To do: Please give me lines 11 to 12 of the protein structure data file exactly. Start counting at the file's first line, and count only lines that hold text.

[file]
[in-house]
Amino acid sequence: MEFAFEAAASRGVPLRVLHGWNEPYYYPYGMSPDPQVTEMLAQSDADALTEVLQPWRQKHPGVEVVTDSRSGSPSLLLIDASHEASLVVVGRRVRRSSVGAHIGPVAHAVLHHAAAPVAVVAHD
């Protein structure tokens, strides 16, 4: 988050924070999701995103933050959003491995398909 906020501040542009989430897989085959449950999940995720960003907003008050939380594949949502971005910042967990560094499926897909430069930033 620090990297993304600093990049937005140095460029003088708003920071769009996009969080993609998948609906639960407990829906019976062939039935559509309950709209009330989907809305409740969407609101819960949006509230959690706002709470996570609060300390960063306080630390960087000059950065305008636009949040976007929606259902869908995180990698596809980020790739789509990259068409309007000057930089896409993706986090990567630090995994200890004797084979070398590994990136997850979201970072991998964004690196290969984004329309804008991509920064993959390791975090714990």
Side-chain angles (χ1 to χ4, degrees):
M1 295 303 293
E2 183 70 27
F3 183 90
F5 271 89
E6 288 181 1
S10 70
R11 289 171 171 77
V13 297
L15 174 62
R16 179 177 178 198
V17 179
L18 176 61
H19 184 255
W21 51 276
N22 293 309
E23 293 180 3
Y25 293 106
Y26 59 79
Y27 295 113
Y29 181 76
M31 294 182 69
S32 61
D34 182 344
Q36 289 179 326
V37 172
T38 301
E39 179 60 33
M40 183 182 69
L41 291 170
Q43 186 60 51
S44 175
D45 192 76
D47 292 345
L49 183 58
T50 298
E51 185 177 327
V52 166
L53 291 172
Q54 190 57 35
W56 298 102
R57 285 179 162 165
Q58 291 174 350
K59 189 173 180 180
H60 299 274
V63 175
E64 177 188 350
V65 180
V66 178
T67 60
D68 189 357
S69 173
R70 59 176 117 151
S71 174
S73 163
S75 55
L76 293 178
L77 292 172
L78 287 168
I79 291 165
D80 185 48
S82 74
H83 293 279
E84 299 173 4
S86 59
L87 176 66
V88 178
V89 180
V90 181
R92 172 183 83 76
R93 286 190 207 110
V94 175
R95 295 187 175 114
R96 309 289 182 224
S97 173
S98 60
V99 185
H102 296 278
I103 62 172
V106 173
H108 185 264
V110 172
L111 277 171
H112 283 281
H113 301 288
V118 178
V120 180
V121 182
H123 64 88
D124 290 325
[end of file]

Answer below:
R11 289 171 171 77
V13 297